During this period the films of all directors were original experiments and discoveries. This became the blueprint of Bulgarian drawn and puppet animation, establishing the short as the standard format. The trademark of Bulgarian animation was the approach to characters as a quintessence of types, behaviors or ideas, distinctly projecting the author's position. The classical model of Bulgarian animation was impossible without the hints of caricature images. A classical example of the Bulgarian animated film of the 1960s is Daisy, by Dinov. Paradoxically, the film won a prize for best children's film, although it was meant for adults.
The 1960s were marked by the appearance of strong creative individuals. Donyo Donev made Duet (1961), co-directed with Dinov. Donev made his solo debut Circus (1962). His drawing was mild, his characters were extraordinary vital, ever hungry for motion and dynamism. From Spring (1966) on, his films were unmistakably recognizable by their highly individual imaging.
With his temperament and visual style of filmmaking, Stoian Dukov veered in a completely different direction. His animation character came from the rationalization of ideas. Stoian Dukov's originality was mostly visible in his children's films where his ornamental coloring became his signature.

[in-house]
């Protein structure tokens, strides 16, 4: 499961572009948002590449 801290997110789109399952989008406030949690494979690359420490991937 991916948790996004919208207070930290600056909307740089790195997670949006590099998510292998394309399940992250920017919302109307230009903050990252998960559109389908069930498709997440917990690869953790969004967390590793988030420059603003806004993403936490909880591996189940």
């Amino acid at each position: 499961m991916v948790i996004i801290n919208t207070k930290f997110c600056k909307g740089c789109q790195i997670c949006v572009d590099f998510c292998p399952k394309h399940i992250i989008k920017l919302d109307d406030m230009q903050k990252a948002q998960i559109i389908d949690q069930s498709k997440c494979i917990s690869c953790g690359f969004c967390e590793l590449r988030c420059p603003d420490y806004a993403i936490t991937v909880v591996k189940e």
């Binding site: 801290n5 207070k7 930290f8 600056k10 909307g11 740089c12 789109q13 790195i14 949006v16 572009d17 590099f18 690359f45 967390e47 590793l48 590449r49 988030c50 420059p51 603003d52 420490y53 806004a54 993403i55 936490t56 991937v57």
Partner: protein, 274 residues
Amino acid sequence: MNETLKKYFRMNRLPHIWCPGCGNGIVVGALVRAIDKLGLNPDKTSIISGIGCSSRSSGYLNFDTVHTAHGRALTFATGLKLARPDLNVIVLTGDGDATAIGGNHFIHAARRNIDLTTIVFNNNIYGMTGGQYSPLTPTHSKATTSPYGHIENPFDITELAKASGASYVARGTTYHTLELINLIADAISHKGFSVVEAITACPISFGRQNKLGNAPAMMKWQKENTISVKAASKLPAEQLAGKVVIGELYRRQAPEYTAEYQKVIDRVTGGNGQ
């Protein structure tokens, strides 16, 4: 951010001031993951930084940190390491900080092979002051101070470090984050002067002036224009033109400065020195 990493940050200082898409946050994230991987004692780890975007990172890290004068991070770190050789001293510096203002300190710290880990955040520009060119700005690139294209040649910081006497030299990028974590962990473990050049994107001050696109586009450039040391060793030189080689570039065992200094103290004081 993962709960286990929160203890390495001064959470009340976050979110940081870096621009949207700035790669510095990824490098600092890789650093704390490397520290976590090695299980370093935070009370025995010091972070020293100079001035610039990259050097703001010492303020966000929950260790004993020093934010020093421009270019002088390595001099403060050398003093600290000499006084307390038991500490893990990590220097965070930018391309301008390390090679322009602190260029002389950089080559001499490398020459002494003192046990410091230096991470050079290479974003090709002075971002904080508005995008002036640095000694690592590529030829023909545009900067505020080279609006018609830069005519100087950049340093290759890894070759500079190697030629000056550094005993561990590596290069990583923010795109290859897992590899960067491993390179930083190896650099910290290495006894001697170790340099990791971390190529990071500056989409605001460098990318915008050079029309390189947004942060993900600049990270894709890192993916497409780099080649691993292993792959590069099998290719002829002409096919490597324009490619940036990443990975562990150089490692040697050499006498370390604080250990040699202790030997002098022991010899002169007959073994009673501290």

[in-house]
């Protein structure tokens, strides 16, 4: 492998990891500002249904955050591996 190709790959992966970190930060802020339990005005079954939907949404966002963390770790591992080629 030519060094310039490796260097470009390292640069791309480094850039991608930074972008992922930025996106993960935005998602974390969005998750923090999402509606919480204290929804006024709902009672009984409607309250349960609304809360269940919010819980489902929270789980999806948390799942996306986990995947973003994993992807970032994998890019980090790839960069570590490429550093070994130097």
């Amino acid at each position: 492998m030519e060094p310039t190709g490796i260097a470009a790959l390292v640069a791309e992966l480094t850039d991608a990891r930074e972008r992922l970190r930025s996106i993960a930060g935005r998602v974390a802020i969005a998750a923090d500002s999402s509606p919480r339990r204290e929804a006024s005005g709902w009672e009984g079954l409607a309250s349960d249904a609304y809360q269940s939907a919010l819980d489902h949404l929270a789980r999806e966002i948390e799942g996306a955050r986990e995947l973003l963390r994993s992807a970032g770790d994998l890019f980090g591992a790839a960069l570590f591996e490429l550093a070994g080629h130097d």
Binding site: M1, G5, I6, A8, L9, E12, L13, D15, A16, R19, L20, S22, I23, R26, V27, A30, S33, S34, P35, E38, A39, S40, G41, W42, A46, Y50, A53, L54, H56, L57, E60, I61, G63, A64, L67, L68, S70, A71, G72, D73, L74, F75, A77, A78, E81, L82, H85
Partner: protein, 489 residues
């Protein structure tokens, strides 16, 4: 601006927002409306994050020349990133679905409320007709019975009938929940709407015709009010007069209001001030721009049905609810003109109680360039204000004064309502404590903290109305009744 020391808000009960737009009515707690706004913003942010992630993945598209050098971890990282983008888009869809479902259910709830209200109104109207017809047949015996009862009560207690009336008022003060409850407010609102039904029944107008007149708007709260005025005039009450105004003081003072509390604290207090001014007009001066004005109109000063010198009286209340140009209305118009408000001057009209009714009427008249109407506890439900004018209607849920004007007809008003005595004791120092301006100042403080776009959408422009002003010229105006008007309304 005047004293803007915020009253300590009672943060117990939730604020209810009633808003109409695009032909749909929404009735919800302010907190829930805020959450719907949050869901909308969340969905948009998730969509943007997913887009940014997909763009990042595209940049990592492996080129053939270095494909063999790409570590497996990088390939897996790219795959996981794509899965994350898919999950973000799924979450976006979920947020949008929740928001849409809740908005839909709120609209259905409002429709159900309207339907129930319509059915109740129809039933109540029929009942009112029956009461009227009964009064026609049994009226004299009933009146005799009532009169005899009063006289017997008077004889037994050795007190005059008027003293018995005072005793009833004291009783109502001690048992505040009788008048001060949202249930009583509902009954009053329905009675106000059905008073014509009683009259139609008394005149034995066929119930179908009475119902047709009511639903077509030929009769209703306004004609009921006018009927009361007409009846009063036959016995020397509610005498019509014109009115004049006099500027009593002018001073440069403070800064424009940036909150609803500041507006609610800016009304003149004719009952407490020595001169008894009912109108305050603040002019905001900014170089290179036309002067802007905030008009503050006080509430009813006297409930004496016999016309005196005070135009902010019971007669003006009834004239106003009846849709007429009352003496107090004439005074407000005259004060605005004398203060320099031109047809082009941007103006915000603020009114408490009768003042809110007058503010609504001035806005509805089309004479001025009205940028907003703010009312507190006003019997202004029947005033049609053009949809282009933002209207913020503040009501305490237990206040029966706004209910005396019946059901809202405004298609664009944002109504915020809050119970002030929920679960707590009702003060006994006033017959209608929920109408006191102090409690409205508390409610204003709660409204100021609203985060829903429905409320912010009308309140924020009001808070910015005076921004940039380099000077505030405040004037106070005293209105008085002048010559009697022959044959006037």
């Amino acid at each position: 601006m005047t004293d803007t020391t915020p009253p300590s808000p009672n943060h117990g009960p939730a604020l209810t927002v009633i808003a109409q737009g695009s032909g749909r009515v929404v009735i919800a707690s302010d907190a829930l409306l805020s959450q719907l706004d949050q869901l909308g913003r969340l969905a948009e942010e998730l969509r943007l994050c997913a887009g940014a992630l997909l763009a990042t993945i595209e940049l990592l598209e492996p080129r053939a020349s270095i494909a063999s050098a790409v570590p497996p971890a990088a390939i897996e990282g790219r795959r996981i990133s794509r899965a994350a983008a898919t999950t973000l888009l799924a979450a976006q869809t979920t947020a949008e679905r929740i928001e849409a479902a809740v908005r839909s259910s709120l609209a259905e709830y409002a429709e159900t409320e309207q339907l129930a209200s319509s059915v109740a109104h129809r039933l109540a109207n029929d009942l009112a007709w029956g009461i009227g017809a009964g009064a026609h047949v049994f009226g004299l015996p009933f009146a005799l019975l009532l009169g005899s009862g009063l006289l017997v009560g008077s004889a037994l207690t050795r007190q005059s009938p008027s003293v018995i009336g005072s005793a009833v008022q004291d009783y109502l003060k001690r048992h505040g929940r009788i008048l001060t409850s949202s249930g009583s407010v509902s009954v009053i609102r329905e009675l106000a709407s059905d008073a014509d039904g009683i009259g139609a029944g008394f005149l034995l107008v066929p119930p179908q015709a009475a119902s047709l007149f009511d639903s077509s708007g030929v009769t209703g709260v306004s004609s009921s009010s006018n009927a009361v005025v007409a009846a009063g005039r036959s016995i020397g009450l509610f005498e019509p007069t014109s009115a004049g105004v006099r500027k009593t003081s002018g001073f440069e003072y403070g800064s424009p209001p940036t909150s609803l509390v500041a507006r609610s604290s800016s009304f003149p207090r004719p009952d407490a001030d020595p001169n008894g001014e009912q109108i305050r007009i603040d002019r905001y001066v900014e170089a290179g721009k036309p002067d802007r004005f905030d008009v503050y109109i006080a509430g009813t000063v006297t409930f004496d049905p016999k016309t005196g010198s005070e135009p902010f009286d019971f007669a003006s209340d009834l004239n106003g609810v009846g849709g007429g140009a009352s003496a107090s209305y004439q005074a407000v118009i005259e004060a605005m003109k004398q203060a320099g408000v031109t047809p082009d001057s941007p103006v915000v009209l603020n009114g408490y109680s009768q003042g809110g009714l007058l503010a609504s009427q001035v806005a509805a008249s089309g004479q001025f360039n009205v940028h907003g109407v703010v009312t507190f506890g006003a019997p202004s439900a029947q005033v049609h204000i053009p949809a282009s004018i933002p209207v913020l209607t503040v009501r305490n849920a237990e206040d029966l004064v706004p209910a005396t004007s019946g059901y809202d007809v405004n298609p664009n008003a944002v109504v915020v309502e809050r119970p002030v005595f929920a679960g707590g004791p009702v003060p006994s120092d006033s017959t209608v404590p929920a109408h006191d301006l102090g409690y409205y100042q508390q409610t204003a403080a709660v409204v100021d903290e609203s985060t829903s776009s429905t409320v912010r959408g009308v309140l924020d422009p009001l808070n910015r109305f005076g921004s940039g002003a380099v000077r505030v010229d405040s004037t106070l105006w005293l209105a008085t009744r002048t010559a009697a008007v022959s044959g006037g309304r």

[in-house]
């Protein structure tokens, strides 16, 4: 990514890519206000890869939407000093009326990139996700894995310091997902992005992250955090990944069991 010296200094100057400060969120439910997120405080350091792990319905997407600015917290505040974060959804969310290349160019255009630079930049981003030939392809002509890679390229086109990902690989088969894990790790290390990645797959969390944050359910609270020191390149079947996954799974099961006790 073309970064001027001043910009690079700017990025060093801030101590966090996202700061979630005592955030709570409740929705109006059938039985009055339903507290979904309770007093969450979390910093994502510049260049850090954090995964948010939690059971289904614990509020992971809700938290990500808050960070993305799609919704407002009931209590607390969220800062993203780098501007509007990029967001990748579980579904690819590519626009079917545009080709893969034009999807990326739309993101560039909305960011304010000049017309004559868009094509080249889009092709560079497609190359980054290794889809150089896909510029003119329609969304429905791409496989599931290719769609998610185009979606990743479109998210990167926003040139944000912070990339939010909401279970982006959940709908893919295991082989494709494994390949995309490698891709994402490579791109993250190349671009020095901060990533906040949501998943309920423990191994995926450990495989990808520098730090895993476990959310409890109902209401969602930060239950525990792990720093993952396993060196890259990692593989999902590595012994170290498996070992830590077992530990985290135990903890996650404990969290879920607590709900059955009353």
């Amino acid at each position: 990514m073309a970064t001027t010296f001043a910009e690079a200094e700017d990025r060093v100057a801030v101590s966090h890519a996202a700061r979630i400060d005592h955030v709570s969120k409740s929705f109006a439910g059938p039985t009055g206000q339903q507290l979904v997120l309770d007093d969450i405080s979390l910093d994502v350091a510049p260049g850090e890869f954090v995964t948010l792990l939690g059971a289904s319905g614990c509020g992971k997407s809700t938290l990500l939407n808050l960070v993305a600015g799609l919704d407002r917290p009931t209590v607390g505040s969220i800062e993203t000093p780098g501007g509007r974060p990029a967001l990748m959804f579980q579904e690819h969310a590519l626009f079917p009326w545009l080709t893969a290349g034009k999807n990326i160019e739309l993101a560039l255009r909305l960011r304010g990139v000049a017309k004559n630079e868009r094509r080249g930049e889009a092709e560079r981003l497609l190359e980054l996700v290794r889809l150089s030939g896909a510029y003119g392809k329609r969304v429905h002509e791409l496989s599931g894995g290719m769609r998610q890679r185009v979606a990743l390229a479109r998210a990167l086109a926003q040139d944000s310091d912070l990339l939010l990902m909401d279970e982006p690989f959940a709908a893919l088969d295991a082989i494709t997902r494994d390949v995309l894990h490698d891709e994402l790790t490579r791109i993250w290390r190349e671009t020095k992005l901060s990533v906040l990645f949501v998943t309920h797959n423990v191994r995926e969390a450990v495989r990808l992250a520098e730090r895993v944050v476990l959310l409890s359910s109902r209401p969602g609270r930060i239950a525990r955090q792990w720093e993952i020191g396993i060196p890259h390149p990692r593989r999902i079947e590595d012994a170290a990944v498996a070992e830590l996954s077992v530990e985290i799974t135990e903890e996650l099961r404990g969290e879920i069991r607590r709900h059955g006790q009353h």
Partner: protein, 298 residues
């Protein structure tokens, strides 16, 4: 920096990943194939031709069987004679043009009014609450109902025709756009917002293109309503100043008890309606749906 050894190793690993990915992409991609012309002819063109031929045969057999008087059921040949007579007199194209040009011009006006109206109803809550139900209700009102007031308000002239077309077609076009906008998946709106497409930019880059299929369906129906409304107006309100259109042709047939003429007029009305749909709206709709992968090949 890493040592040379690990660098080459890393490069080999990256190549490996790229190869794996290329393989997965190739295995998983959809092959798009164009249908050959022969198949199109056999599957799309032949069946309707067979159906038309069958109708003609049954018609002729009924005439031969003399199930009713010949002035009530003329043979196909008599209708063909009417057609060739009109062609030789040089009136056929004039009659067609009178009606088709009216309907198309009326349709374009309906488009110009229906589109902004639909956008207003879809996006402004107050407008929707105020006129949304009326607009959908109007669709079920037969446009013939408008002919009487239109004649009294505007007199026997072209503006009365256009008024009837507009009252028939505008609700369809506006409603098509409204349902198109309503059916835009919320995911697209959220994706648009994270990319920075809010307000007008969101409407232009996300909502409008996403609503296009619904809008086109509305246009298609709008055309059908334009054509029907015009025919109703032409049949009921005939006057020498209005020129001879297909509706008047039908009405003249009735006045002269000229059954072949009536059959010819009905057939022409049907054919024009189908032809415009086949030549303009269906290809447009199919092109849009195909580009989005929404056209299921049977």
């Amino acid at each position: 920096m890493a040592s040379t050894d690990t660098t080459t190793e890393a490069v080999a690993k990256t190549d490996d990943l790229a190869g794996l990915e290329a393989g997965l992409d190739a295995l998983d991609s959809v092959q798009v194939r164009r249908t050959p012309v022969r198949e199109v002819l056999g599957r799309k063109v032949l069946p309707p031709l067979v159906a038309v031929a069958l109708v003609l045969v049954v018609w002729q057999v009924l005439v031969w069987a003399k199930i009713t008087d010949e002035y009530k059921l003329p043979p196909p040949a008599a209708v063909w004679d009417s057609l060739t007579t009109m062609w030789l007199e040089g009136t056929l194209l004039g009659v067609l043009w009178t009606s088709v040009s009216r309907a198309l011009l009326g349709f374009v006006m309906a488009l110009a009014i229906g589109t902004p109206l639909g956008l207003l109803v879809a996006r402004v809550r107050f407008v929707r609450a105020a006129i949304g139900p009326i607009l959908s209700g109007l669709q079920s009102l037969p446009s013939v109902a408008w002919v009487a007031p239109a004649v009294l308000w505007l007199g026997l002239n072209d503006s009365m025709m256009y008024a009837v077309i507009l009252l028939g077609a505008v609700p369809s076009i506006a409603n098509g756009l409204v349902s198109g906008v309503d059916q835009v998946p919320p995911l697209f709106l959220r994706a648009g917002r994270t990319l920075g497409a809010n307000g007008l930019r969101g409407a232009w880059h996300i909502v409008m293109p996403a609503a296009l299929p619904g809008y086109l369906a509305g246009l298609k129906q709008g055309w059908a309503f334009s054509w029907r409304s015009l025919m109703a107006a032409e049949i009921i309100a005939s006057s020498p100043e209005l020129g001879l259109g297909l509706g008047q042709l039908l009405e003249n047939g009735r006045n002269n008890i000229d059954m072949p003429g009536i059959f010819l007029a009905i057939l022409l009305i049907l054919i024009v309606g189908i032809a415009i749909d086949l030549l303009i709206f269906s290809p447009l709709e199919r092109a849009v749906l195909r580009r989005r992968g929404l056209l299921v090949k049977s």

In the second half of the 1960s, editing began to be used toward a new layer of semantic structuring. This added a new film element to Bulgarian animated film, exemplified in Ivan Andonov's Esperanza.
The Golden Years
The 1970s witnessed a new flow of authors who focused their attention on Bulgarian folklore. Examples are Jolly Fellows (Dimiter Tomov, Pencho Bogdanov), The Three Fools (the most popular cartoon series among the Bulgarians, it is considered a trademark of the Bulgarian animation), The Intelligent Village (Donev) and The Lying Shepherd (Stoian Doukov). The early 1970s were also rich in children's film productions such as The Little Frogman, Petio - the Black Pirate (Zdenka Dojcheva), The Long Ears, A Bouquet of Stars, The Star and What to Become (Radka Buchvarova). The inventions of this period, with their strong linearity, geometric forms of character and background, seemed to draw from illustration rather than from caricature. Dominating was the intellectual principle that affected the whole build-up of the miniature-proverb.
The mid-1970s saw the appearance of three new figures on the Bulgarian animation arena: Anri Kulev, Slav Bakalov and Nikolaj Todorov. They studied animation in Moscow, so they introduced a Russian influence to the Bulgarian animation tradition. Since his first films (Golgotha, Hypothesis, Kavalkada) Anri Kulev has shown a particularly emotional manner and a complicated drawing style. His films are among the first in the Bulgarian cinema to show a painful reaction to the world.
The two original works of Nikolai Todorov, Odyssey and Grandomania, suggest that he treats the drawing line and its dynamics like a personal trajectory of thought and emotion. Todorov demonstrated a virtuous control over animation techniques. After these films, Todorov started working with Anri Kulev. Their talents blended so smoothly that one can hardly identify their individual contributions in The Ship, Sunday, Bagpipe, Sympathy and A Day Like a Dandelion.